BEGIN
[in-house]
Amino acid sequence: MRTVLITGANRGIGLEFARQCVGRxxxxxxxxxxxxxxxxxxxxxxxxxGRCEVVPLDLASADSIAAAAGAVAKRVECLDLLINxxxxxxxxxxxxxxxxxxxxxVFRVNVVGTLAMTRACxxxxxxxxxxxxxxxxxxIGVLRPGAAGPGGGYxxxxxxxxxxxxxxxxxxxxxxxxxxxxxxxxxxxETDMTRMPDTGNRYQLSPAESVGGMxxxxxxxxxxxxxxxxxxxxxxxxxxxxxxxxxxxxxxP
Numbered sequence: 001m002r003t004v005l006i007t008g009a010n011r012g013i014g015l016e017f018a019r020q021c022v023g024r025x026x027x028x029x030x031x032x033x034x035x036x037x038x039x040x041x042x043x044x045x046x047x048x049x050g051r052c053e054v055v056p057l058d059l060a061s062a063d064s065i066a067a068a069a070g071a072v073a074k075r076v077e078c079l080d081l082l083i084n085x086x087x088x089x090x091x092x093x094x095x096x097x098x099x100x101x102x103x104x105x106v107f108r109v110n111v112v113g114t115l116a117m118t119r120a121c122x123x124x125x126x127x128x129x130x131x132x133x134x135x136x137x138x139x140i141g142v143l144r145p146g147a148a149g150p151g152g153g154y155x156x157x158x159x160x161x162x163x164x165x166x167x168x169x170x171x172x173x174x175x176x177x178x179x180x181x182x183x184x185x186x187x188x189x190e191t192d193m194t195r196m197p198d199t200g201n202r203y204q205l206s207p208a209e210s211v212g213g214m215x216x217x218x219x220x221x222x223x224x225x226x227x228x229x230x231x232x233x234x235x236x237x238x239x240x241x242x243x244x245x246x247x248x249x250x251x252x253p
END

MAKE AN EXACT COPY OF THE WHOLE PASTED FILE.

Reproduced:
[in-house]
Amino acid sequence: MRTVLITGANRGIGLEFARQCVGRxxxxxxxxxxxxxxxxxxxxxxxxxGRCEVVPLDLASADSIAAAAGAVAKRVECLDLLINxxxxxxxxxxxxxxxxxxxxxVFRVNVVGTLAMTRACxxxxxxxxxxxxxxxxxxIGVLRPGAAGPGGGYxxxxxxxxxxxxxxxxxxxxxxxxxxxxxxxxxxxETDMTRMPDTGNRYQLSPAESVGGMxxxxxxxxxxxxxxxxxxxxxxxxxxxxxxxxxxxxxxP
Numbered sequence: 001m002r003t004v005l006i007t008g009a010n011r012g013i014g015l016e017f018a019r020q021c022v023g024r025x026x027x028x029x030x031x032x033x034x035x036x037x038x039x040x041x042x043x044x045x046x047x048x049x050g051r052c053e054v055v056p057l058d059l060a061s062a063d064s065i066a067a068a069a070g071a072v073a074k075r076v077e078c079l080d081l082l083i084n085x086x087x088x089x090x091x092x093x094x095x096x097x098x099x100x101x102x103x104x105x106v107f108r109v110n111v112v113g114t115l116a117m118t119r120a121c122x123x124x125x126x127x128x129x130x131x132x133x134x135x136x137x138x139x140i141g142v143l144r145p146g147a148a149g150p151g152g153g154y155x156x157x158x159x160x161x162x163x164x165x166x167x168x169x170x171x172x173x174x175x176x177x178x179x180x181x182x183x184x185x186x187x188x189x190e191t192d193m194t195r196m197p198d199t200g201n202r203y204q205l206s207p208a209e210s211v212g213g214m215x216x217x218x219x220x221x222x223x224x225x226x227x228x229x230x231x232x233x234x235x236x237x238x239x240x241x242x243x244x245x246x247x248x249x250x251x252x253p